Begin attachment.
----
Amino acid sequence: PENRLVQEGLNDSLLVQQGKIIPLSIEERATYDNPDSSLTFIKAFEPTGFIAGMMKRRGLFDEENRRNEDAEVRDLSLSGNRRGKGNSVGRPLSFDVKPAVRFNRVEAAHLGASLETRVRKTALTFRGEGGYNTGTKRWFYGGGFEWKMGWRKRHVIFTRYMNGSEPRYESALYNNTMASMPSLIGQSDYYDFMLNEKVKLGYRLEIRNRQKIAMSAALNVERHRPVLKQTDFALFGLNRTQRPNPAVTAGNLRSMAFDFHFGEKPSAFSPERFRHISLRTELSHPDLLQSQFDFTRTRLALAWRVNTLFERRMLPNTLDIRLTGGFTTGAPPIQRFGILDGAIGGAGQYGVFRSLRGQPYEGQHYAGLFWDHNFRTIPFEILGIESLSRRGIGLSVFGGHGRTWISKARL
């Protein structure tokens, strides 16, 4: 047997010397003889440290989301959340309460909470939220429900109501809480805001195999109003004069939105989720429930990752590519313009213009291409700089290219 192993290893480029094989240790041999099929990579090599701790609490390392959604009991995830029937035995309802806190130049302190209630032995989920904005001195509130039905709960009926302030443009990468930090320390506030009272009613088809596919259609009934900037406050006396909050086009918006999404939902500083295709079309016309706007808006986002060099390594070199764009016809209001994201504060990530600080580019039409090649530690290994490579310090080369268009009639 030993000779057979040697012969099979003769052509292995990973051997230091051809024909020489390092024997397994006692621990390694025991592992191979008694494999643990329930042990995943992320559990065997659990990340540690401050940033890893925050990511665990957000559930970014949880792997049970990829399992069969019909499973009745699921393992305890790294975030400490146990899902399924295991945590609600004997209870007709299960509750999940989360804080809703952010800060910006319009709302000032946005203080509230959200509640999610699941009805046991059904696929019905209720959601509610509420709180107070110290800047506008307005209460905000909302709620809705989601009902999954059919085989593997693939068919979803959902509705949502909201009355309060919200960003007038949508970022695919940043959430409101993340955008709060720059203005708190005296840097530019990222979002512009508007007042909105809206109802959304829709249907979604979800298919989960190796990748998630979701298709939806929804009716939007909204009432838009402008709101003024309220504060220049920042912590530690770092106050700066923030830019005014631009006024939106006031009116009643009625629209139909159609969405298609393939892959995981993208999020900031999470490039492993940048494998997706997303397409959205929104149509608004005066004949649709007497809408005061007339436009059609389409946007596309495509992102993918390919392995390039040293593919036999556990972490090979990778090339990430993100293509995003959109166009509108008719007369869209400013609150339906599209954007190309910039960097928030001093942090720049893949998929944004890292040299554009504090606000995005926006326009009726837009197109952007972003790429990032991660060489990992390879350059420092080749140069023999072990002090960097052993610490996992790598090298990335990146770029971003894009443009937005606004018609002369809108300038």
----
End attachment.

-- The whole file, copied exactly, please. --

Amino acid sequence: PENRLVQEGLNDSLLVQQGKIIPLSIEERATYDNPDSSLTFIKAFEPTGFIAGMMKRRGLFDEENRRNEDAEVRDLSLSGNRRGKGNSVGRPLSFDVKPAVRFNRVEAAHLGASLETRVRKTALTFRGEGGYNTGTKRWFYGGGFEWKMGWRKRHVIFTRYMNGSEPRYESALYNNTMASMPSLIGQSDYYDFMLNEKVKLGYRLEIRNRQKIAMSAALNVERHRPVLKQTDFALFGLNRTQRPNPAVTAGNLRSMAFDFHFGEKPSAFSPERFRHISLRTELSHPDLLQSQFDFTRTRLALAWRVNTLFERRMLPNTLDIRLTGGFTTGAPPIQRFGILDGAIGGAGQYGVFRSLRGQPYEGQHYAGLFWDHNFRTIPFEILGIESLSRRGIGLSVFGGHGRTWISKARL
């Protein structure tokens, strides 16, 4: 047997010397003889440290989301959340309460909470939220429900109501809480805001195999109003004069939105989720429930990752590519313009213009291409700089290219 192993290893480029094989240790041999099929990579090599701790609490390392959604009991995830029937035995309802806190130049302190209630032995989920904005001195509130039905709960009926302030443009990468930090320390506030009272009613088809596919259609009934900037406050006396909050086009918006999404939902500083295709079309016309706007808006986002060099390594070199764009016809209001994201504060990530600080580019039409090649530690290994490579310090080369268009009639 030993000779057979040697012969099979003769052509292995990973051997230091051809024909020489390092024997397994006692621990390694025991592992191979008694494999643990329930042990995943992320559990065997659990990340540690401050940033890893925050990511665990957000559930970014949880792997049970990829399992069969019909499973009745699921393992305890790294975030400490146990899902399924295991945590609600004997209870007709299960509750999940989360804080809703952010800060910006319009709302000032946005203080509230959200509640999610699941009805046991059904696929019905209720959601509610509420709180107070110290800047506008307005209460905000909302709620809705989601009902999954059919085989593997693939068919979803959902509705949502909201009355309060919200960003007038949508970022695919940043959430409101993340955008709060720059203005708190005296840097530019990222979002512009508007007042909105809206109802959304829709249907979604979800298919989960190796990748998630979701298709939806929804009716939007909204009432838009402008709101003024309220504060220049920042912590530690770092106050700066923030830019005014631009006024939106006031009116009643009625629209139909159609969405298609393939892959995981993208999020900031999470490039492993940048494998997706997303397409959205929104149509608004005066004949649709007497809408005061007339436009059609389409946007596309495509992102993918390919392995390039040293593919036999556990972490090979990778090339990430993100293509995003959109166009509108008719007369869209400013609150339906599209954007190309910039960097928030001093942090720049893949998929944004890292040299554009504090606000995005926006326009009726837009197109952007972003790429990032991660060489990992390879350059420092080749140069023999072990002090960097052993610490996992790598090298990335990146770029971003894009443009937005606004018609002369809108300038």